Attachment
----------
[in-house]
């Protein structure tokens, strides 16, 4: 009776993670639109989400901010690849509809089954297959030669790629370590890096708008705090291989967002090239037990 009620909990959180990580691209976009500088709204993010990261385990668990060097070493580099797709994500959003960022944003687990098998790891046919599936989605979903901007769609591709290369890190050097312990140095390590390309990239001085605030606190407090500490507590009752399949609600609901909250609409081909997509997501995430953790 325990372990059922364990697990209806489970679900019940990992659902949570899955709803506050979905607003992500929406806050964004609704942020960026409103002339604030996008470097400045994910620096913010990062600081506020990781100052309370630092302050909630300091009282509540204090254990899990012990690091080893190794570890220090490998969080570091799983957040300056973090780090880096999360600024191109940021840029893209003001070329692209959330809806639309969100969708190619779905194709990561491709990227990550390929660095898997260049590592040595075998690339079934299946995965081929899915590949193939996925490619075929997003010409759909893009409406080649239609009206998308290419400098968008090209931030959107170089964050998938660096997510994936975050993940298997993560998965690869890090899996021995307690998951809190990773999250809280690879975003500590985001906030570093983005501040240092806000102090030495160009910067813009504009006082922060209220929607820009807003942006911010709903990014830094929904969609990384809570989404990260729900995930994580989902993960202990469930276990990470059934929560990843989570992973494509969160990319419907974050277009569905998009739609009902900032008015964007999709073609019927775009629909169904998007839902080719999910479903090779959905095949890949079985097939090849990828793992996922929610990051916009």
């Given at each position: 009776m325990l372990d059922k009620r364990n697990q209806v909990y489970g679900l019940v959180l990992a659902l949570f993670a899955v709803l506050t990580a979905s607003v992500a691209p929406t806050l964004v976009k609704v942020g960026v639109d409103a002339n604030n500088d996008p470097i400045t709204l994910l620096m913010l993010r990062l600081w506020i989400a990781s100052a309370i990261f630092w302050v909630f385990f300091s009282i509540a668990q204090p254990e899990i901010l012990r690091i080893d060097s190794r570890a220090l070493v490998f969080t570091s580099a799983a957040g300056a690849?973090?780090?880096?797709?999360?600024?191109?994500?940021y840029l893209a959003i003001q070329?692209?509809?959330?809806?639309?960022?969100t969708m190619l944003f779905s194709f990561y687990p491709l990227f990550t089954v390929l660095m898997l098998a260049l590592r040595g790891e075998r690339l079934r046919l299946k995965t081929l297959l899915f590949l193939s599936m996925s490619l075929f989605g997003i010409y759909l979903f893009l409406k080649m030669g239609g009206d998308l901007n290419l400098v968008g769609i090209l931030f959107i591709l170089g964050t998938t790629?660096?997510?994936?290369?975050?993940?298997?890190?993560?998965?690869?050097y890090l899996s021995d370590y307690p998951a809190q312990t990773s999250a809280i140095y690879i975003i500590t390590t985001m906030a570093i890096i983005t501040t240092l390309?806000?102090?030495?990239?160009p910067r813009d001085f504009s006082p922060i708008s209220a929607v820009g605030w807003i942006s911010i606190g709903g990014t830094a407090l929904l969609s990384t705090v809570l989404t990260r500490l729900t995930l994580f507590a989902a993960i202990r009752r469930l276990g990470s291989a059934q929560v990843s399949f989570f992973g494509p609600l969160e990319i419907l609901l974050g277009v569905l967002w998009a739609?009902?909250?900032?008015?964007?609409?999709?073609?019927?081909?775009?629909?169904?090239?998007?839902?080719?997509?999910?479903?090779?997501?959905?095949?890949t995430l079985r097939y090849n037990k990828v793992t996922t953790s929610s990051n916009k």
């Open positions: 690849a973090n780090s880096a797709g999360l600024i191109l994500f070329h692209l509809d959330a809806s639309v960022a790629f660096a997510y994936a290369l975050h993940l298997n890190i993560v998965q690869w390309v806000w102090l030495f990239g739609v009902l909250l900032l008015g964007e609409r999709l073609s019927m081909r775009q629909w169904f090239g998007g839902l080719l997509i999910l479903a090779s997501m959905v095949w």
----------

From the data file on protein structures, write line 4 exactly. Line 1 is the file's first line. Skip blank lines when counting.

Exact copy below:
């Open positions: 690849a973090n780090s880096a797709g999360l600024i191109l994500f070329h692209l509809d959330a809806s639309v960022a790629f660096a997510y994936a290369l975050h993940l298997n890190i993560v998965q690869w390309v806000w102090l030495f990239g739609v009902l909250l900032l008015g964007e609409r999709l073609s019927m081909r775009q629909w169904f090239g998007g839902l080719l997509i999910l479903a090779s997501m959905v095949w």